A full and ripe chardonnay that has plenty of toasty oak and savory grilled nuts as well as a swathe of ripe peach and pear fruits. Some grapefruit hints too. The palate has abundant stone fruits with a pithy citrusy edge. Oak gloss over the finish.
92 points, James Suckling (November 2017)
The 2015 Chardonnay offers delicate grapefruit, white peach and orange blossom notes with hints of brioche, marzipan and honeysuckle. The medium-bodied palate is finely constructed with plenty of freshness to support the savory and stone fruit flavors, finishing with satisfying length.
91 points, Lisa Perrotti-Brown, Wine Advocate (December 2016)
The 2015 Chardonnay has quite an intense, well-defined bouquet with subtle tropical notes and a touch of spice and walnut - almost Burgundy-like in style. The taut, linear palate is fresh and vibrant on the entry and displays a fine line of acidity and ample weight and concentration on the finish. An extremely well-crafted Chardonnay that will be tempting to drink in its youth.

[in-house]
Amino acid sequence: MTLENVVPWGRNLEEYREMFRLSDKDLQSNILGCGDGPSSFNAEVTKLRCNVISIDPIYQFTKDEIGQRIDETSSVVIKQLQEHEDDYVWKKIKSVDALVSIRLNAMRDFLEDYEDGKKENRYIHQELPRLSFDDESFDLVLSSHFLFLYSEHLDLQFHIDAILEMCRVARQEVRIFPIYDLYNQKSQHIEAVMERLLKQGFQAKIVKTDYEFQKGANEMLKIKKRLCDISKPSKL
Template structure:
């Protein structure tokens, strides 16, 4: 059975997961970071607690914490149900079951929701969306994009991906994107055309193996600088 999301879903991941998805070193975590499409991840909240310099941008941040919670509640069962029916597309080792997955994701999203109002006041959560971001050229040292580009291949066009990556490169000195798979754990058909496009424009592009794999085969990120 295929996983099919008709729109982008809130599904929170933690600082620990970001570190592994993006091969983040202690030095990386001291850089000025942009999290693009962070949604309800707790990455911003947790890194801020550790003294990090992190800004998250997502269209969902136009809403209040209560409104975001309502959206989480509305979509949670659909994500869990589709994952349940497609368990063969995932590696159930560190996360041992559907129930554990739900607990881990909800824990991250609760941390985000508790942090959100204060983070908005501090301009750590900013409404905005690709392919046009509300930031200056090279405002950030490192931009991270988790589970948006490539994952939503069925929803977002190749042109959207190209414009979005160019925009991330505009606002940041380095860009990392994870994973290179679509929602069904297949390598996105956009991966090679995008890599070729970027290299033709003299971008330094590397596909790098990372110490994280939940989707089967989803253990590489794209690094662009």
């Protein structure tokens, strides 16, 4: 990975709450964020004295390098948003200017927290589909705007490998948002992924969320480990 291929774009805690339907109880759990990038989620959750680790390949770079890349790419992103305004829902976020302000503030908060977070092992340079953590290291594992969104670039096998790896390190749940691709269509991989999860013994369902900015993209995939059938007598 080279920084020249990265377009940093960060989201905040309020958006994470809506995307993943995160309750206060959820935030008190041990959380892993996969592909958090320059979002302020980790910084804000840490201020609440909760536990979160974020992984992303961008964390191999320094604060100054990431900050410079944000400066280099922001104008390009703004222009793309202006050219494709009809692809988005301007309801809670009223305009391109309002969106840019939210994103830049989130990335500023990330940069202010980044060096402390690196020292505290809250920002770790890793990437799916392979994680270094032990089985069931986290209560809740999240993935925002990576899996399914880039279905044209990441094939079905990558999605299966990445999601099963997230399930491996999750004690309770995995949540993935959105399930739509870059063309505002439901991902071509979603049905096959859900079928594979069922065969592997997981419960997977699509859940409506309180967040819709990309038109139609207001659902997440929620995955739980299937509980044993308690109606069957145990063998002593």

MarlboroughArguably New Zealand’s most famous wine region owing to international demand for Sauvignon Blanc, Marlborough is also the largest wine producing region in the country, comprising 79% of New Zealand’s total wine production. Modern winemaking commenced in Marlborough in the 1970s and from tiny beginnings, the vineyard area has rapidly expanded now encompassing 23,600 hectares. Marlborough is located on the east coast of the South Island, with mountains to the west creating a rain shadow, making it one of the driest and sunniest regions in New Zealand. There are three sub regions in Marlborough, the largest being the Wairau Valley, where most plantings are concentrated on free draining alluvial soils. Viticulture has also spread to the cooler Awatere Valley, also on free draining stony loams and vineyards are also situated in the cooler southern valleys with its silt, gravel and clay soils. The soils across all three regions all have relatively low fertility to help curb the vigour of Sauvignon Blanc vines that dominate Marlborough. Although the region built its reputation on crisp, distinctively pungent unoaked Sauvignon Blanc, there is an increasing trend towards more complex barrel-ferment styles. Light-bodied, fruit driven Pinot Noir is also successful.